The International Bee Research Association (IBRA) maintains a Bee Boles Register which currently contains records for 1589 UK sites, 58 of which are in Cornwall. So I have plenty more to find! And having just checked their Heligan Gardens record, it indeed says the wooden doors were closed in winter and hessian curtains added when very cold.

Skep making is a lovely skill and the skeps are beautiful objects which are still useful for swarm collecting. However I am glad the heyday of skeps has passed, since the bees were often driven out or killed in order for the beekeeper to harvest their honey and wax.

Bee hives were marked on Heligan’s garden map, so I was hoping to see some, but was disappointed to see a sign instead, informing me that the Heligan colony had died out over winter.

Black Honey Bee Colony, Heligan Gardens

There were several information posters about the Black honey bee…

The history of the Black honey bee

The history of the Black honey bee

Black honey bee better adapted

Black honey bee better adapted

European honey bees

European honey bees

B4 project

B4 project info

You can find out more about the B4 project at They describe themselves as a “group of beekeepers whose aim is to protect the UK’s native honey bee, Apis mellifera mellifera.” A native dark honeybee reserve has just opened on the Rame Peninsula in Cornwall, as featured in a recent Countryfile episode which I intend to watch soon (8 days left to watch!). From what I read on the BBKA Facebook group, the beekeepers filmed for the episode were not entirely happy with the editing of the show and the final quotes used.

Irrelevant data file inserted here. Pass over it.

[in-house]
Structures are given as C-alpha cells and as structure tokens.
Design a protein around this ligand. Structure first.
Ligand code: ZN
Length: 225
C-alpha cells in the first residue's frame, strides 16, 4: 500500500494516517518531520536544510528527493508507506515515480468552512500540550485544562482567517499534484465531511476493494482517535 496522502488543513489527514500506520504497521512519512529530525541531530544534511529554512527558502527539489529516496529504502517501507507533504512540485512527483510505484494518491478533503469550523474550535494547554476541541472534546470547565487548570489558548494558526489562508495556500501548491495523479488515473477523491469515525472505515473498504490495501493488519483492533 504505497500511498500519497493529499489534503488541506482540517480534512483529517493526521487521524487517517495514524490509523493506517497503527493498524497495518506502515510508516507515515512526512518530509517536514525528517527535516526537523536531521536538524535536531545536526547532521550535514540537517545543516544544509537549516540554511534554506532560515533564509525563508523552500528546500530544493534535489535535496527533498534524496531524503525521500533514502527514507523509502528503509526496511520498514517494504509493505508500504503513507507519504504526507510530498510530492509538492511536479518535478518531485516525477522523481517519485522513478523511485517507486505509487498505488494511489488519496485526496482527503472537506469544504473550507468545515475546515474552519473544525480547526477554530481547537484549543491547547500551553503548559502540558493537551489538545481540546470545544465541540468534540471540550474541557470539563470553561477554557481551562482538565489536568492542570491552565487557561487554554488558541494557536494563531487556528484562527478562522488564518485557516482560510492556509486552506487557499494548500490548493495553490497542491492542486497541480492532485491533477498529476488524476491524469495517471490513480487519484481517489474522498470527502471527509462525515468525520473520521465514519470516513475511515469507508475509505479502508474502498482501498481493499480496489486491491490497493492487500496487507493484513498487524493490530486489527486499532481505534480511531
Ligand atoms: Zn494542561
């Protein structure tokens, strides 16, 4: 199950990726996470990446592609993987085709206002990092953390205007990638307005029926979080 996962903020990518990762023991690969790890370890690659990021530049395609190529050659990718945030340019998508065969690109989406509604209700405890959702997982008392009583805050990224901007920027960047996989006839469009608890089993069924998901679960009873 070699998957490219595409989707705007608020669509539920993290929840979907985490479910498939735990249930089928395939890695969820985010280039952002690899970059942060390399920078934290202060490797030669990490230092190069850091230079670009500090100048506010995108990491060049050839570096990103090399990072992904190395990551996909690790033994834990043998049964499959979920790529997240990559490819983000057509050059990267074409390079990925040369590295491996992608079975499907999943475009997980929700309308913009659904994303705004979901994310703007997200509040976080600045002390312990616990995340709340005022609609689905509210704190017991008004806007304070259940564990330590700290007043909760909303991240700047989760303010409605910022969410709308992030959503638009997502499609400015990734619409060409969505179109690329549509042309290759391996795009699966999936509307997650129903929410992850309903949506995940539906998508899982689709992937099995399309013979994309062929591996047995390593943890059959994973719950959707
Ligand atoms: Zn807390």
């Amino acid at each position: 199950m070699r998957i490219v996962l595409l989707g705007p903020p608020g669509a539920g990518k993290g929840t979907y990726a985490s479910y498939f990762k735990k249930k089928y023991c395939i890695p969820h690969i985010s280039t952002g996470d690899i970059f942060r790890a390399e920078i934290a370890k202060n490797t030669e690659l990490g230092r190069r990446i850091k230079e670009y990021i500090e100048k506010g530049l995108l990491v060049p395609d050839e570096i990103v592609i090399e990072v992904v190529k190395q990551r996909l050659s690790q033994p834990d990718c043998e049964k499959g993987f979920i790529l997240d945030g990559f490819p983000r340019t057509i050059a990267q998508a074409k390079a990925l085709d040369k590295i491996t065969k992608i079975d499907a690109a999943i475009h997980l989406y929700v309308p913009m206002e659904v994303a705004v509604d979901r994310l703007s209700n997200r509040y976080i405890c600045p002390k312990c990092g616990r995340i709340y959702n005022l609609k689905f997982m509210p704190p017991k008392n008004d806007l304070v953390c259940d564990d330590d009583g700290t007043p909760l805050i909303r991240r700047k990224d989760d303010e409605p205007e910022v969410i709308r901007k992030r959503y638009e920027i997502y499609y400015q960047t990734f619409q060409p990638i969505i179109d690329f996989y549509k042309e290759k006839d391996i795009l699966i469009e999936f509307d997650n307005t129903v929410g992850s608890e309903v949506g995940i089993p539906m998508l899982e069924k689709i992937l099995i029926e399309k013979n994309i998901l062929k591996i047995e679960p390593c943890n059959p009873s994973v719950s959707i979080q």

Black honey bee population wiped out

I believe the disease referred to above is a mystery disease that ravaged British bees in the early twentieth century, the cause of which experts have since ventured a guess at. It was first observed in 1906 upon the Isle of Wight. Beekeepers there noticed that their bees were crawling on the ground around their hives, dying so fast that whole colonies were wiped out at the height of summer, when they should have been most strong.

The devastating affliction reoccurred at least three times from 1906 to 1919. By 1907 the disease had wiped out most of the bees on the island – it then spread to mainland England and wreaked havoc there. Huge numbers of bees had to be imported from Europe, so much so that some beekeepers claimed our black honey bee, the darker British subspecies of Apis mellifera, had effectively become extinct.